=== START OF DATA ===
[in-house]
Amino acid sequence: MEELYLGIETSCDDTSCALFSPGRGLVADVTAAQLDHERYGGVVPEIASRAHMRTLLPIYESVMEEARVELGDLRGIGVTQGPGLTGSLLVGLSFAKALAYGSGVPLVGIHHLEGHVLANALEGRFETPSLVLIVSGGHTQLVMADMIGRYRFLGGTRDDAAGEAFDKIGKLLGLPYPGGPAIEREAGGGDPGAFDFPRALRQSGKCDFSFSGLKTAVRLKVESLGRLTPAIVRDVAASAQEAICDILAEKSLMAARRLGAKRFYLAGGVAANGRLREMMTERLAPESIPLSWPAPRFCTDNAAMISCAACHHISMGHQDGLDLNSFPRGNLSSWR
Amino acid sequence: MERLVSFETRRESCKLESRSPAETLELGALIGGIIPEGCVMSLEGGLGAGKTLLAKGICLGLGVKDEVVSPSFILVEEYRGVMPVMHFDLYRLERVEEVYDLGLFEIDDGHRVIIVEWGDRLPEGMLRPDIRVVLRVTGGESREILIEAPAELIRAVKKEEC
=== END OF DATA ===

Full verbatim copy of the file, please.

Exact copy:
[in-house]
Amino acid sequence: MEELYLGIETSCDDTSCALFSPGRGLVADVTAAQLDHERYGGVVPEIASRAHMRTLLPIYESVMEEARVELGDLRGIGVTQGPGLTGSLLVGLSFAKALAYGSGVPLVGIHHLEGHVLANALEGRFETPSLVLIVSGGHTQLVMADMIGRYRFLGGTRDDAAGEAFDKIGKLLGLPYPGGPAIEREAGGGDPGAFDFPRALRQSGKCDFSFSGLKTAVRLKVESLGRLTPAIVRDVAASAQEAICDILAEKSLMAARRLGAKRFYLAGGVAANGRLREMMTERLAPESIPLSWPAPRFCTDNAAMISCAACHHISMGHQDGLDLNSFPRGNLSSWR
Amino acid sequence: MERLVSFETRRESCKLESRSPAETLELGALIGGIIPEGCVMSLEGGLGAGKTLLAKGICLGLGVKDEVVSPSFILVEEYRGVMPVMHFDLYRLERVEEVYDLGLFEIDDGHRVIIVEWGDRLPEGMLRPDIRVVLRVTGGESREILIEAPAELIRAVKKEEC